There are three major research projects currently underway in the laboratory.

1. IL-27 and Treg cells: Earlier studies had identified that IL-27, an immune regulatory cytokine produced by activated APCs, plays a non-redundant role in regulating Treg cell function. IL-27 acts on the IL-27 specific receptors (made of IL-27Ra and gp130 subunit) expressed on multiple cell types, primarily lymphocytes. Using various genetic approaches, our research focuses on identifying key source of IL-27 in autoimmune inflammation in the central nervous system and underlying mechanism by which IL-27 controls Treg cell function.

2. Glucocorticoids, miR-342, and Treg cells: We recently reported a novel role of Treg cells during glucocorticoid-induced treatment of chronic inflammation. In this study, we discovered a novel micro-RNA-342 molecule that is induced by steroid treatment in Treg cells and directly controls Treg cell metabolism. We are investigating the underlying mechanism by which this new micro-RNA-342 controls Treg cell function.

3. Lag3 and Treg cells: Lag3 is a new immune checkpoint molecule implicated in negatively regulating T cell functions. We discovered that Lag3 is induced by IL-27 stimulation in Treg cells and that Lag3 expression in Treg cells is critical for their suppressive function. We have generated several new mouse models in which Lag3 function and signaling pathways are targeted in a cell type specific manner. These novel animal models will allow us to dissect underlying mechanism of Lag3 in Treg cells and to identify potential therapeutic strategies not only to inhibit inflammation but also to enhance anti-tumor immunity by targeting Lag3 in Treg cells.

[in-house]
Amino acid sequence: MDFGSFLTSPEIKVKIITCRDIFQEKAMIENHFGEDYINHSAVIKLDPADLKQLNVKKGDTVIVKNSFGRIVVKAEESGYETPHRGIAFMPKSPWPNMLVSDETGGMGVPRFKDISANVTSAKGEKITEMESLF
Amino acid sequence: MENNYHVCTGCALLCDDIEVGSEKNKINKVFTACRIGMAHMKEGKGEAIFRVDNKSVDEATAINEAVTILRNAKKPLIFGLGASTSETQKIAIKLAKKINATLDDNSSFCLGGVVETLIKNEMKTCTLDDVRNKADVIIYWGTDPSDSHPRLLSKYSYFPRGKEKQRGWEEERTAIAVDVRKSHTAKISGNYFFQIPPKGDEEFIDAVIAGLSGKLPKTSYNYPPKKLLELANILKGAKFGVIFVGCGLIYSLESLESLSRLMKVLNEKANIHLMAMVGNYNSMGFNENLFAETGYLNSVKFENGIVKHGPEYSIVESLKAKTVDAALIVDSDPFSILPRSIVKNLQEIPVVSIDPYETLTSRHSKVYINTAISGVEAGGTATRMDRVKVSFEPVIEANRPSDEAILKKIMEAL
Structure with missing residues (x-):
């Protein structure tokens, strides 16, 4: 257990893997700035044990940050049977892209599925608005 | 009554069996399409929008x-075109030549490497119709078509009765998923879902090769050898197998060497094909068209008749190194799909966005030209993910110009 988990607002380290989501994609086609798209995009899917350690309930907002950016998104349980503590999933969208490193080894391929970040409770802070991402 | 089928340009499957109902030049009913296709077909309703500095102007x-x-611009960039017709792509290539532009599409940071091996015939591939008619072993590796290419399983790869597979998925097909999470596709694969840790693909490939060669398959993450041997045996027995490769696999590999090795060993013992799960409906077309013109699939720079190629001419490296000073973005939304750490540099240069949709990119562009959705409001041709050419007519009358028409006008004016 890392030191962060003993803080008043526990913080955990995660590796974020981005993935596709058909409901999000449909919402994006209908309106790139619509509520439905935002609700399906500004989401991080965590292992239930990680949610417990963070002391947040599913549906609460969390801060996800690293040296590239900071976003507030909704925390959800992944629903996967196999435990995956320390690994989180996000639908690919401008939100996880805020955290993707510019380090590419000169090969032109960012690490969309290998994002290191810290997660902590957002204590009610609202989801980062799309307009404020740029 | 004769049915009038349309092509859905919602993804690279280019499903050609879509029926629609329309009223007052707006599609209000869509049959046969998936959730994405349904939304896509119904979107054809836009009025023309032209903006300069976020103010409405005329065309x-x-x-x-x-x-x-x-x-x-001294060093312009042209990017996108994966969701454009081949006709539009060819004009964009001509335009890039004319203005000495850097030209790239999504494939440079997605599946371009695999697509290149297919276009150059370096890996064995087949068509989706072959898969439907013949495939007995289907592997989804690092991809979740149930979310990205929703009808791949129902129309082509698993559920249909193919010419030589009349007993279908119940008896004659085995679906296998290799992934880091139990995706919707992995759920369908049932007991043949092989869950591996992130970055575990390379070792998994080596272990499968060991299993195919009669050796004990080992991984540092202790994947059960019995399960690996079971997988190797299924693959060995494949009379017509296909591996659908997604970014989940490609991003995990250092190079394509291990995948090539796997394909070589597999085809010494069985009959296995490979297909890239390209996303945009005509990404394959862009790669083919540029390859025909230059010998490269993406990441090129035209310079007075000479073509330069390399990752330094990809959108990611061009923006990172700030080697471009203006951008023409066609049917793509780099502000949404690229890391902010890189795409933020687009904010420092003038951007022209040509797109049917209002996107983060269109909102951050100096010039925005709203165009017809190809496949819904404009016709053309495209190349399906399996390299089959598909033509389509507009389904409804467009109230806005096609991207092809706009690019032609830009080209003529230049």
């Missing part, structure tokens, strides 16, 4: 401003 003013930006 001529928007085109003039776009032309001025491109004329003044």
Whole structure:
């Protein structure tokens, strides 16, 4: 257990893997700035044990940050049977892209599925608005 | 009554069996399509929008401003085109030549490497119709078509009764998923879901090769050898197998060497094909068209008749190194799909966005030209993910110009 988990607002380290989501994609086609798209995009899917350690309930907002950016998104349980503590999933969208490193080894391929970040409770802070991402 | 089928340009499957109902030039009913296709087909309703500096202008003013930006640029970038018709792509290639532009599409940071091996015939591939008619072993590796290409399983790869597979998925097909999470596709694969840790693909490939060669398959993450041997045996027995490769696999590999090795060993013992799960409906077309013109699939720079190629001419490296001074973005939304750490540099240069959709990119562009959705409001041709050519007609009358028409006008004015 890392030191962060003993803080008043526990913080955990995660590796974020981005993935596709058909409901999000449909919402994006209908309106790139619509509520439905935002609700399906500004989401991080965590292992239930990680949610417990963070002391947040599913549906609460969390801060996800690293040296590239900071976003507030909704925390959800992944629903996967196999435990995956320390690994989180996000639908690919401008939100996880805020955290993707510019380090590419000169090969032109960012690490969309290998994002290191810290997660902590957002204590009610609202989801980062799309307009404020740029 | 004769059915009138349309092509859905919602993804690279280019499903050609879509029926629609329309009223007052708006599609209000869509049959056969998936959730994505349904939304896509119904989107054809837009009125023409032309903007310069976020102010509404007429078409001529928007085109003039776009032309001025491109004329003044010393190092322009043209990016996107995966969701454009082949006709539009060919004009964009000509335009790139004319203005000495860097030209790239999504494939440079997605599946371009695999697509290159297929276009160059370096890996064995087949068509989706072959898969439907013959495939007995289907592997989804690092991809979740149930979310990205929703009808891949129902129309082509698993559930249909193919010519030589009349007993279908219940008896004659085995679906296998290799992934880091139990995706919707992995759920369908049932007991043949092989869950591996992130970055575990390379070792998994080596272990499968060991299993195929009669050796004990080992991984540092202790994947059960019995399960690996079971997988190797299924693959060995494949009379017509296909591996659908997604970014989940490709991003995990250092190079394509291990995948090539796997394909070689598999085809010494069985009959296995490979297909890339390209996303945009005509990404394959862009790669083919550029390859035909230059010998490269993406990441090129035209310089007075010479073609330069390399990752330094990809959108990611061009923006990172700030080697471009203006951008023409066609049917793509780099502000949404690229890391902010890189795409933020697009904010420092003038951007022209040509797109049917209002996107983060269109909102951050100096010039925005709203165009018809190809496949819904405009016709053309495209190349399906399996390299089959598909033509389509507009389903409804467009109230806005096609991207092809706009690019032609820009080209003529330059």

For lab information and more, see Dr. Min’s faculty profile.

Publications

See Dr. Min's publications.

Contact

Contact Dr. Min at 312-503-1805.

Lab Staff

Postdoctoral Fellows

Supinya Iamsawat, Dongkyun Kim

Technical Staff

Sohee Kim